The workforce that built America’s railroads

Books of revisionist history are abundant, often a long-overdue re-evaluation of our national character. Enter “Ghosts of Gold Mountain: The Epic Story of the Chinese who Built the Transcontinental Railroad,” by Gordon H. Chang. The book spent several weeks on national best-seller lists, and the author will be the guest in this coming “Second Saturday” lecture for the Sonoma Valley Historical Society, live on Zoom at 2 p.m. on Oct. 10.

Chang, a Stanford University professor of American history, isn’t a one-trick pony, however. “I have written and continue to publish in the areas of U.S. diplomacy, America-China relations, the Chinese diaspora, Asian American history and global history,” he says.

And while the transcontinental railroad is a well-covered chapter in the story of the American West, its workforce is undervalued, he says.

Chang – who shares a name but not the views of a conservative columnist and television pundit – shows that during the nearly five years it took to build the Central Pacific’s portion of track, from Sacramento to Omaha, an estimated 20,000 Chinese men worked on the 690-mile line, fully 90 percent of the construction force. That’s not all: most of them were immigrants from Guandong (formerly Canton), just up the Pearl River from Hong Kong.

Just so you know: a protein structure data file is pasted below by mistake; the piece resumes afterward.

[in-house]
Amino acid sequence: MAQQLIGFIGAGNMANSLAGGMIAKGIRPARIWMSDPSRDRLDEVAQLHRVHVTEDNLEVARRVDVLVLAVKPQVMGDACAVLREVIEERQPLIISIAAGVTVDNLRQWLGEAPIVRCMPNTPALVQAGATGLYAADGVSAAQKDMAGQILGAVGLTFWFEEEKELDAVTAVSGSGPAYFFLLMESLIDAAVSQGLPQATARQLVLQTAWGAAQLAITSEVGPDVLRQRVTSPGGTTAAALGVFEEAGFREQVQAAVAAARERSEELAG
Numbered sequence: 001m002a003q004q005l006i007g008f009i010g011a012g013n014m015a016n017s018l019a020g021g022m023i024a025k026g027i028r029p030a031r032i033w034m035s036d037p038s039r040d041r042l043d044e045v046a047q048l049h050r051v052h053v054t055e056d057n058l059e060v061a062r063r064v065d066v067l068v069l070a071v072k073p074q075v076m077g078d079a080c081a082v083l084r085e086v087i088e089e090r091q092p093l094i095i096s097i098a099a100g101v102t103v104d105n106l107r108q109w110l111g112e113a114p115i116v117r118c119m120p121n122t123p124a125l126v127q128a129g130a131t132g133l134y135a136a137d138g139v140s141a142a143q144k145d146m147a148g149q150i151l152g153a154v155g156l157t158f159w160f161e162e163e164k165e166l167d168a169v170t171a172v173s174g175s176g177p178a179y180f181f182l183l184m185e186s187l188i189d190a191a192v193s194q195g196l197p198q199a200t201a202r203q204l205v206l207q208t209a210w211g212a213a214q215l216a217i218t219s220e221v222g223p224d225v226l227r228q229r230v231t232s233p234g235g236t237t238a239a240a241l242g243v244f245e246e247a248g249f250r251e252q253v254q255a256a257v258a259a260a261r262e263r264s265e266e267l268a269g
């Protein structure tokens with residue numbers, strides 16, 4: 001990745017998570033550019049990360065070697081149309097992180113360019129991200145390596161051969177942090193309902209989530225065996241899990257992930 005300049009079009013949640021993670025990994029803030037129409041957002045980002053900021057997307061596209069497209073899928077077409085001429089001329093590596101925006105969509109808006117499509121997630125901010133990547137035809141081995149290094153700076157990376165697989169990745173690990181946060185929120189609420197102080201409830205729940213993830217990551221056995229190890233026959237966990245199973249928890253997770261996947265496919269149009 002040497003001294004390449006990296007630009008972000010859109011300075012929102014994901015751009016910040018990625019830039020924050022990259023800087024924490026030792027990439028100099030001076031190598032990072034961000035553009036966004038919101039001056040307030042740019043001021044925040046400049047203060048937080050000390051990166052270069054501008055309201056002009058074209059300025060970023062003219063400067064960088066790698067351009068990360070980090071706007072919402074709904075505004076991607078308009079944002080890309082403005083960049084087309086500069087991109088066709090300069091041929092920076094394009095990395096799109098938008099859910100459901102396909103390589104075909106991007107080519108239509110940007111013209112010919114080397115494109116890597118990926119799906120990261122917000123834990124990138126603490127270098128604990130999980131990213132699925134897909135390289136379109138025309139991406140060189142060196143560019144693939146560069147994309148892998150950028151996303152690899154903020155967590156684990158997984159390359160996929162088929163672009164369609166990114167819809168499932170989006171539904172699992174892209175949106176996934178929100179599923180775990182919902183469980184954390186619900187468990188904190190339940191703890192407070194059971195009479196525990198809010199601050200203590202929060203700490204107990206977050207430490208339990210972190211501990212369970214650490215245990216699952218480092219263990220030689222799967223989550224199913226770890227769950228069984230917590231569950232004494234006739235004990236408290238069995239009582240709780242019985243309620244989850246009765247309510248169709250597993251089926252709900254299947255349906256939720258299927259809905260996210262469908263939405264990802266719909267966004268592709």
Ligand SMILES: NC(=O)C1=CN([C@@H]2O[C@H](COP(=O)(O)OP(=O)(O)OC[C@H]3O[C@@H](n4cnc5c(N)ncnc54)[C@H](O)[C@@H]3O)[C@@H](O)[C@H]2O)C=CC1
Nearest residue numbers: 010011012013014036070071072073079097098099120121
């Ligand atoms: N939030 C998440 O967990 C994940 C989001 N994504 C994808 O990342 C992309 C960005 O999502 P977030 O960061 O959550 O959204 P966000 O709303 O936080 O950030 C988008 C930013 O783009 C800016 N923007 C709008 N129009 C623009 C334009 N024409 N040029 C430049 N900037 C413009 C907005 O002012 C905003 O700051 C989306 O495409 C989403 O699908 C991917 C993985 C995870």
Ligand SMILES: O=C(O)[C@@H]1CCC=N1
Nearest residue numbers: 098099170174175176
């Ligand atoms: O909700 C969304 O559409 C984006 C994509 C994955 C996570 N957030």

The “Gold Mountain” of the title is the name the Chinese had for America; author Lisa See’s first book, of her Chinese American family history, was titled “On Gold Mountain.”

It’s a story not so unfamiliar to the Wine Country. Chinese workers were crucial to the growth of the wine industry, helping build the vineyards not only in Sonoma Valley but throughout California. Part of this legacy has recently been recognized, though the still-struggling attempt to build a memorial Ting at Depot Park shows there’s still work to be done, miles of track to lay to get to a pancontinental connection.

Upcoming Second Saturday lectures from the Sonoma Valley Historical Society include Peter Meyerhof on Sonoma’s successful merchant Solomon Schocken, on Nov. 14; and on Dec. 12 historian and journalist Carrie Gibson introduces her latest book, “El Norte: The Epic and Forgotten Story of Hispanic North America.” More information at

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